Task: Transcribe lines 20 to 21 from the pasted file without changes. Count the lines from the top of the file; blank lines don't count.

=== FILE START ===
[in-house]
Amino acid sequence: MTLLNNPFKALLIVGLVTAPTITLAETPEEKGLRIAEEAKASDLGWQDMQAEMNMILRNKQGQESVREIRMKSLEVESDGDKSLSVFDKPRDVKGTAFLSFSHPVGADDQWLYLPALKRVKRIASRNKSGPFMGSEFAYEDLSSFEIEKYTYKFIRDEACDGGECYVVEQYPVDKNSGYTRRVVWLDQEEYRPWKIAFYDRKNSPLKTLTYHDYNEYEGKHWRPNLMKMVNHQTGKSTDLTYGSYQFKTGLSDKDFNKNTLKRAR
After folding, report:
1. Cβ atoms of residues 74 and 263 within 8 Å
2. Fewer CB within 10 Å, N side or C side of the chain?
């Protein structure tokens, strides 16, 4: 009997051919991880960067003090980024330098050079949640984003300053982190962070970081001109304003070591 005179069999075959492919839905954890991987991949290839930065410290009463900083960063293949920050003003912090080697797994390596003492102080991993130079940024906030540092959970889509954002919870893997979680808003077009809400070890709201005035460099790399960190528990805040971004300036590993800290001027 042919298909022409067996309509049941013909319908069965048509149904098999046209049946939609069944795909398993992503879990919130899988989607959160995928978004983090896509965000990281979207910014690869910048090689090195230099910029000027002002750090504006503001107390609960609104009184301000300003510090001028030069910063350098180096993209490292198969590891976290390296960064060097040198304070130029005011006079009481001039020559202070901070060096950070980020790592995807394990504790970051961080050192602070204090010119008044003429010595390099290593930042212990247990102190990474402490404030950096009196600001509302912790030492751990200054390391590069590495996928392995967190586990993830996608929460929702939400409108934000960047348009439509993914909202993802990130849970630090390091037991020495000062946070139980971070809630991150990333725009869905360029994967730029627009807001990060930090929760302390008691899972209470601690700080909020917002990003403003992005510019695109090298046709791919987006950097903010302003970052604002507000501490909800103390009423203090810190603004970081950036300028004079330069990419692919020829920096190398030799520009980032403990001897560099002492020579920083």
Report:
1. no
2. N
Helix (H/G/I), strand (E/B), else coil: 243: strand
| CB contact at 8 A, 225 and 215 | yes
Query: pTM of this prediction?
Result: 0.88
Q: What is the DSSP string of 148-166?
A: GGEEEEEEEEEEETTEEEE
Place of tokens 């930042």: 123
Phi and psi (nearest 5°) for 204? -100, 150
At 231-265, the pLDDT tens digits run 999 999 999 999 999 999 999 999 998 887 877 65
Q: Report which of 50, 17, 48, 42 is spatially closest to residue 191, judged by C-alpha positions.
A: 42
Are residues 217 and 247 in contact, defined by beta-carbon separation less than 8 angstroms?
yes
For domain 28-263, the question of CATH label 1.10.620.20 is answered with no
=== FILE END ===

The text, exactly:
A: 42
Are residues 217 and 247 in contact, defined by beta-carbon separation less than 8 angstroms?